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UCL University College London Eprints (396.156 recursos)

UCL Eprints collects the work of UCL researchers and makes it freely available over the web, helping the worldwide scholarly community to discover UCL research. Institutional repositories like UCL Eprints complement the traditional academic publishing and scholarly communications processes. They raise the visibility of research and help to maximise its impact. UCL researchers are encouraged to deposit a copy of each journal article, conference paper, working paper, and any other research output, in the UCL Eprints at the earliest opportunity, ensuring that their research reaches as wide an audience as possible.

Mostrando recursos 141 - 160 de 398.603

  1. Genetic improvement of GPU software

    Langdon, WB; Lam, BYH; Modat, M; Petke, J; Harman, M
    We survey genetic improvement (GI) of general purpose computing on graphics cards. We summarise several experiments which demonstrate four themes. Experiments with the gzip program show that genetic programming can automatically port sequential C code to parallel code. Experiments with the StereoCamera program show that GI can upgrade legacy parallel code for new hardware and software. Experiments with NiftyReg and BarraCUDA show that GI can make substantial improvements to current parallel CUDA applications. Finally, experiments with the pknotsRG program show that with semi-automated approaches, enormous speed ups can sometimes be had by growing and grafting new code with genetic programming...

  2. Particle-based simulation of ellipse-shaped particle aggregation as a model for vascular network formation

    Palachanis, D; Szabó, A; Merks, RMH
    Computational modeling is helpful for elucidating the cellular mechanisms driving biological morphogenesis. Previous simulation studies of blood vessel growth based on the cellular Potts model proposed that elongated, adhesive or mutually attractive endothelial cells suffice for the formation of blood vessel sprouts and vascular networks. Because each mathematical representation of a model introduces potential artifacts, it is important that model results are reproduced using alternative modeling paradigms. Here, we present a lattice-free, particle-based simulation of the cell elongation model of vasculogenesis. The new, particle-based simulations confirm the results obtained from the previous cellular Potts simulations. Furthermore, our current findings suggest...

  3. The status of poly(adenosine diphosphate-ribose) polymerase (PARP) inhibitors in ovarian cancer, part 1: olaparib

    Miller, RE; Ledermann, JA
    Poly(adenosine diphosphate-ribose) polymerase (PARP) inhibitors have shown promising clinical activity in epithelial ovarian cancer. Following the observation in vitro that PARP inhibition is synthetically lethal in tumors with BRCA mutations, PARP inhibition has become the first genotype-directed therapy for BRCA1- and BRCA2-associated ovarian cancer. However, it is becoming clear that PARP inhibition also may have clinical utility in cancers associated with defects or aberrations in DNA repair that are unrelated to BRCA mutations. Deficient DNA repair mechanisms are present in approximately 30% to 50% of high-grade serous ovarian cancers, the most common histologic subtype. Olaparib is the best-studied PARP inhibitor...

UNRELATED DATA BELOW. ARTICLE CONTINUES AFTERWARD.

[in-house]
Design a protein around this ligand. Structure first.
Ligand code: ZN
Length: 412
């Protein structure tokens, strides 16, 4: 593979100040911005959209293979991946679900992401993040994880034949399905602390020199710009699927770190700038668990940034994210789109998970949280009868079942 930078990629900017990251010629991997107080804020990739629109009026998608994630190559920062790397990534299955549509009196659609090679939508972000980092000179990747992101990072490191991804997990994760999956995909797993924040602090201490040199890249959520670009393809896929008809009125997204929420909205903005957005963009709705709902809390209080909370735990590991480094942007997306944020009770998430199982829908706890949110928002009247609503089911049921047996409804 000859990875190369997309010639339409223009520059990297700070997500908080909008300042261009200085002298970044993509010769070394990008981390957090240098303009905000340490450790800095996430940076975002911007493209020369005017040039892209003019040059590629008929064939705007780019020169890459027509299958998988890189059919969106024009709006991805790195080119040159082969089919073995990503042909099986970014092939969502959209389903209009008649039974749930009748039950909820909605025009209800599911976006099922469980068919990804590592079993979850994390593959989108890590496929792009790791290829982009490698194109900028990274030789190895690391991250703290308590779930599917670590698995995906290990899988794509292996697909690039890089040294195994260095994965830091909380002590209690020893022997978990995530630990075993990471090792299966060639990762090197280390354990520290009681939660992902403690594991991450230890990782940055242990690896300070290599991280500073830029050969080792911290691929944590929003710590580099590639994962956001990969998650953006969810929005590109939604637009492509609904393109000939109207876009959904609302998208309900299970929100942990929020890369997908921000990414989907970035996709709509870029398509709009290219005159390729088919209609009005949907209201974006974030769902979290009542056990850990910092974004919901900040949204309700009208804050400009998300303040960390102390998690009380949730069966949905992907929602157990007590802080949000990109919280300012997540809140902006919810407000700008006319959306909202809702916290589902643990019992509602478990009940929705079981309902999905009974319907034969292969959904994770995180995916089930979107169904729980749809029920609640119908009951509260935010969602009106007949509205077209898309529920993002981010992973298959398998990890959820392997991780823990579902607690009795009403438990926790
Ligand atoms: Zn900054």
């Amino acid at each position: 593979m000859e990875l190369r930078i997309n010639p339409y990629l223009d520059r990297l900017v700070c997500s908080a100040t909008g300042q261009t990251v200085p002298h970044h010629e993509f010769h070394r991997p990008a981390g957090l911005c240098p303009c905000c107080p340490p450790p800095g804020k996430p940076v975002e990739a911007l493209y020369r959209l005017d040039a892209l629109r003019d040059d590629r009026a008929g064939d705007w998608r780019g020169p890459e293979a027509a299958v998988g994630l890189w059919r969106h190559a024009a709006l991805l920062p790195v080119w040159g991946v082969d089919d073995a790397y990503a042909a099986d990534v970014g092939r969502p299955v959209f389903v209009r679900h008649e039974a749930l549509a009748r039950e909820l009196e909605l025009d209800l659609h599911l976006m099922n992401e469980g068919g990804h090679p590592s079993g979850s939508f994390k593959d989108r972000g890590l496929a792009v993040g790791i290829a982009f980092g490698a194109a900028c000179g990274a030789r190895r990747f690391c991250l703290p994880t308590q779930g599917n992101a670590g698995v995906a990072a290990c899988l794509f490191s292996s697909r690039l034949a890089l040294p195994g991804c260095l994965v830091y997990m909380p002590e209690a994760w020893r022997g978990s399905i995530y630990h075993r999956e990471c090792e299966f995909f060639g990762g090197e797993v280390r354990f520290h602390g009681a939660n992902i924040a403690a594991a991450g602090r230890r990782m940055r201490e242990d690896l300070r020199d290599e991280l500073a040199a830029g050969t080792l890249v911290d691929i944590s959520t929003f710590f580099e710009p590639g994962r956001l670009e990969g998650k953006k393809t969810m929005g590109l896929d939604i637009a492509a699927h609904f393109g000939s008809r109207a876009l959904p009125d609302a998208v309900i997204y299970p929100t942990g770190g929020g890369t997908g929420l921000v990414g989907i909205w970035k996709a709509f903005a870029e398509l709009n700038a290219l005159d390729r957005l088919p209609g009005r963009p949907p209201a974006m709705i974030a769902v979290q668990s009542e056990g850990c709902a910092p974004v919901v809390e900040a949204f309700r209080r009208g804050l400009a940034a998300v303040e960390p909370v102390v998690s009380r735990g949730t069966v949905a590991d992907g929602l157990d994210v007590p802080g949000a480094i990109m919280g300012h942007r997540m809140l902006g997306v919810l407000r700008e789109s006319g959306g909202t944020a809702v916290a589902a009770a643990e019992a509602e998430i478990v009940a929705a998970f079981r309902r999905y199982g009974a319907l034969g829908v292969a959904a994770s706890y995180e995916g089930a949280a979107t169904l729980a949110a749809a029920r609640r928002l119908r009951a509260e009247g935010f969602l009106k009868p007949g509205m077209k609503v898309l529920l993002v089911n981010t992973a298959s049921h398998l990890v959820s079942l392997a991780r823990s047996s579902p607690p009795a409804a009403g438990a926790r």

4. Stabilisation of metastable polymorphs: the case of paracetamol form III

    Telford, R; Seaton, CC; Clout, A; Buanz, A; Gaisford, S; Williams, GR; Prior, TJ; Okoye, CH; Munshi, T; Scowen, IJ
    The design of a melt synthesis of the first air-stable formulation of the metastable form III of paracetamol is derived from thermo-spectroscopic and thermo-diffraction experiments. Melt crystallisation in the presence of β-1,4-saccharides produces form III selectively and the excipients appear to act as stabilising ‘active’ templates of the metastable polymorph.

  5. Nomenclature for factors of the HLA system, update December 2015

    Marsh, SG; WHO Nomenclature Committee for Factors of the HLA System, .

  6. Nomenclature for factors of the HLA system, update November 2015

    Marsh, SG; WHO Nomenclature Committee for Factors of the HLA System, .

  7. Nomenclature for factors of the HLA system, update October 2015

    Marsh, SG; WHO Nomenclature Committee for Factors of the HLA System, .

  8. HLA Immunogenotype Determines Persistent Human Papillomavirus Virus Infection in HIV-Infected Patients Receiving Antiretroviral Treatment

    Meys, R; Purdie, KJ; de Koning, MNC; Quint, KD; Little, A-M; Baker, F; Francis, N; Asboe, D; Hawkins, D; Marsh, SGE; Harwood, CA; Gotch, FM; Bunker, CB
    A proportion of human immunodeficiency virus (HIV)–infected patients develop persistent, stigmatizing human papillomavirus (HPV)–related cutaneous and genital warts and anogenital (pre)cancer. This is the first study to investigate immunogenetic variations that might account for HPV susceptibility and the largest to date to categorize the HPV types associated with cutaneous warts in HIV-positive patients. The HLA class I and II allele distribution was analyzed in 49 antiretroviral (ART)–treated HIV-positive patients with persistent warts, 42 noninfected controls, and 46 HIV-positive controls. The allele HLA-B*44 was more frequently identified in HIV-positive patients with warts (P = .004); a susceptible haplotype (HLA-B*44, HLA-C*05; P...

  9. Perspectives on the role and synergies of architecture, social and built environment in enabling active healthy ageing.

    Chrysikou, E; Rabnett, R; Tziraki, C
    Research has demonstrated active and healthy aging can be enhanced by enabling societal infrastructure, urban planning, architecture of healthcare facilities and personal accommodations throughout the life span. Yet, there is a paucity of research on how to bring together the various disciplines involved in a multi-domain synergistic collaboration to create new living environments for aging throughout the life span. This paper aims to explore the key domains of skills and knowledge that need to be considered in order to generate a conceptual prototype of an enabling educational process and environment where healthcare professionals, architects, planners and entrepreneurs may establish a...

  10. Simulating the universe(s) Ill: observables for the full bubble collision spacetime

    Johnson, MC; Wainwright, CL; Aguirre, A; Peiris, HV
    This is the third paper in a series establishing a quantitative relation between inflationary scalar field potential landscapes and the relic perturbations left by the collision between bubbles produced during eternal inflation. We introduce a new method for computing cosmological observables from numerical relativity simulations of bubble collisions in one space and one time dimension. This method tiles comoving hypersurfaces with locally-perturbed Friedmann-Robertson-Walker coordinate patches. The method extends previous work, which was limited to the spacetime region just inside the future light cone of the collision, and allows us to explore the full bubble-collision spacetime. We validate our new methods...